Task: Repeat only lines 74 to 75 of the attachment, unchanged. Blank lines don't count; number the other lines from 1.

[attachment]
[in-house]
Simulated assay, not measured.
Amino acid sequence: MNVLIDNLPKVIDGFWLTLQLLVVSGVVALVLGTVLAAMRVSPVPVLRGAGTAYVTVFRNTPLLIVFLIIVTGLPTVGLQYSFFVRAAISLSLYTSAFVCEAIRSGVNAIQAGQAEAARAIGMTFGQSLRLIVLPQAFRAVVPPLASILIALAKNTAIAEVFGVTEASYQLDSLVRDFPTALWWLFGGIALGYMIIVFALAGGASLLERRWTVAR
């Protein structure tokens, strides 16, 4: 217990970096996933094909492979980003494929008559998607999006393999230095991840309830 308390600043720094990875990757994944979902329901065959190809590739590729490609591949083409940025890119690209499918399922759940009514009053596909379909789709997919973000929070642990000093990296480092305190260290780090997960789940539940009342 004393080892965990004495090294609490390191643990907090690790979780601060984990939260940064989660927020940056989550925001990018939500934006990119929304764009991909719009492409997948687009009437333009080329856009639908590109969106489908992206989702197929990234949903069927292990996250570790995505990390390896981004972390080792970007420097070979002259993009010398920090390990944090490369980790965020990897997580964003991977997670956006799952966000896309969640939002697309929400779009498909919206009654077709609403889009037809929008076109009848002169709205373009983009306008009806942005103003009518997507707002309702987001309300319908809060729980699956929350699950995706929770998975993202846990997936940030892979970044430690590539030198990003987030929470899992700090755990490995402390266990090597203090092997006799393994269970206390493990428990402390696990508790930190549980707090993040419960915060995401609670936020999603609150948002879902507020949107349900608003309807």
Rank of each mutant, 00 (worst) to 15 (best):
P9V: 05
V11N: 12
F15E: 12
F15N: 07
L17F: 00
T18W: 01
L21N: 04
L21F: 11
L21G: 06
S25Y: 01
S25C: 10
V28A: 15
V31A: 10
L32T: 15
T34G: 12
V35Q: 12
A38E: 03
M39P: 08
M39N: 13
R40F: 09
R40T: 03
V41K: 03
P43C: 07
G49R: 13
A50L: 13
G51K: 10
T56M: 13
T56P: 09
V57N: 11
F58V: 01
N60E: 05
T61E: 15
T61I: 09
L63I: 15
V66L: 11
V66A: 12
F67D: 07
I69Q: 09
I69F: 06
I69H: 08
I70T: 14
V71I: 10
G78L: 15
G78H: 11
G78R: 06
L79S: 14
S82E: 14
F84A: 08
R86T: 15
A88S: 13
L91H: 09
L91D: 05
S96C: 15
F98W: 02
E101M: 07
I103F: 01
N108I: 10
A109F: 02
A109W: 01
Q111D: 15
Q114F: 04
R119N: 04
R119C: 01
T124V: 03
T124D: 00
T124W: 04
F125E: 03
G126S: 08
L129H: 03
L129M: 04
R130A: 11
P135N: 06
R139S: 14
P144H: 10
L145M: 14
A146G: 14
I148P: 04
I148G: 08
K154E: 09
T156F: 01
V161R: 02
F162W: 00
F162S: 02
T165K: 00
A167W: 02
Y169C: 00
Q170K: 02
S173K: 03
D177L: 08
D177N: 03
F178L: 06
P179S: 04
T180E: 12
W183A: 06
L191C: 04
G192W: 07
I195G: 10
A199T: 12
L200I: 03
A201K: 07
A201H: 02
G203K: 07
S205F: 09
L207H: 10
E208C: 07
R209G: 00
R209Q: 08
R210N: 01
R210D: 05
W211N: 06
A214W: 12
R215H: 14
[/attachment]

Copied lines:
L129H: 03
L129M: 04